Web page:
I know I've talked a lot over time about how our subconscious beliefs influence our thoughts, our feelings, and our perception of reality. Most people aren't aware those beliefs even exist - remember, they are subconscious. Most of the time there's no real need to uncover them; they serve a valuable purpose (helping our brain to attend to important information and to filter out insignificant information). However, sometimes these beliefs cause problems, such as low self esteem, anxiety, depression, chronic anger, interpersonal difficulties, etc. When problems like these emerge in your life it is time for you to take a look at the underlying core beliefs that are driving them.
So how do you know when a problematic core belief is at work? Look for strong emotional reactions. Notice times when, for example, you become extremely distressed when a friend forgets that you'd agreed to get together and makes other plans or when you erupt with anger over something trivial. When your emotional response seems to be more extreme than what the situation would warrant you know that a negative core belief has been triggered.
Here's an example from my own life. I used to belief I was unlovable. Now if you met me on the street of course I wouldn't say, "Hi, nice to meet you. I'm unlovable." Perhaps it is more accurate to say that I feared that I was unlovable. A string of bad relationships caused me to worry that maybe something was wrong with me. Maybe there was something about me that caused the men in my life to treat me badly or to completely disregard my feelings. Maybe there was something inside me that made me inherently unlovable...
Anyway, this belief (or fear) led to a lot of suffering. If a romantic interest didn't call me the day after a date I became first extremely anxious and then despondent. I'd lay in bed sulking, unable to think of anything else.
It's obvious to me now that this was a rather extreme response. A "natural" response would probably be to feel a little disappointed for a day or two before moving on. The fact that I reacted so excessively was a sure sign that a negative core belief had been triggered.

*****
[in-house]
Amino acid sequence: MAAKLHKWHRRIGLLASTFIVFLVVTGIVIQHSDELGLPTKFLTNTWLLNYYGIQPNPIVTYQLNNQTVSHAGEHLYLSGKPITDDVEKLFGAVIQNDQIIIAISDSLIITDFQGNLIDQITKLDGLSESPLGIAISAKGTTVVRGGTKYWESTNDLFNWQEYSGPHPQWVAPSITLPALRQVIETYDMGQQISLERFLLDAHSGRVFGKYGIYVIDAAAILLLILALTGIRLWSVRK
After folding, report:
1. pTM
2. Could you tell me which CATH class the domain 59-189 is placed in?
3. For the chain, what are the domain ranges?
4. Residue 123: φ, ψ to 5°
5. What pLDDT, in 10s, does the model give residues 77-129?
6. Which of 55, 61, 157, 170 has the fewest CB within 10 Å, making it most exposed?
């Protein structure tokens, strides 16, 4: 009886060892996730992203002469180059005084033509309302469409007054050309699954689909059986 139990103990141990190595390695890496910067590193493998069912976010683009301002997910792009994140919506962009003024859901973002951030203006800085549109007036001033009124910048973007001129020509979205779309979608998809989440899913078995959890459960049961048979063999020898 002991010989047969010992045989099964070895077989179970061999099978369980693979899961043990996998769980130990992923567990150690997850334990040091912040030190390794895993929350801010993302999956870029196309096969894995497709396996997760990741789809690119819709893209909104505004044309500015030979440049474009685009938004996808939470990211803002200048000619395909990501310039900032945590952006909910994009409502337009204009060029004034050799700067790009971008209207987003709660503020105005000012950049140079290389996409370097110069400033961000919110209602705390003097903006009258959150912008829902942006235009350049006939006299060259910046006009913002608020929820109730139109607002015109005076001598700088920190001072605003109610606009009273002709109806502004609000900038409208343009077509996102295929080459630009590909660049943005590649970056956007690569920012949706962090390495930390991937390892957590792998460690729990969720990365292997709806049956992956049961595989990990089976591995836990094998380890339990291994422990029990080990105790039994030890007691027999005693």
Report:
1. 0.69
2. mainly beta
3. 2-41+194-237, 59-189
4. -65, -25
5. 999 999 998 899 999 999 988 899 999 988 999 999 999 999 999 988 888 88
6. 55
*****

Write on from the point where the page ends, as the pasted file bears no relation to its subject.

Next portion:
When a potential love interest didn't call it triggered my belief that "I'm unlovable." Subconsciously, I perceived the love interest not calling as evidence that he didn't like me. This quickly led me to recall other relationships that ended with me feeling rejected. This brought up fears about whether or not I would EVER find the "right" person. What if there was no right person for me? What if no one could ever love me because I was simply unlovable?
I share this example because I strongly believe in practicing what I preach. I spend a lot of time with my patients identifying their negative core beliefs and talking about how to change them. The first step in changing negative core beliefs is to recognize when they are at work. If you can't recognize them then you can't change them.
I know it is possible to change negative core beliefs because I've done it myself. First I started noticing when my belief had been triggered. Then I identified and acknowledged how the belief made me feel. I countered the negative belief with more balanced ones -- "Everyone deserves love, including me," or "You are a lovable person." I also tried to make a more realistic appraisal of the situation that triggered the negative belief. Sometimes that meant having to accept that the person was not interested in pursuing a relationship with me. Sometimes it meant he was at work and just hadn't had a chance to call. Either way, I realized, his actions said nothing about whether or not I was lovable.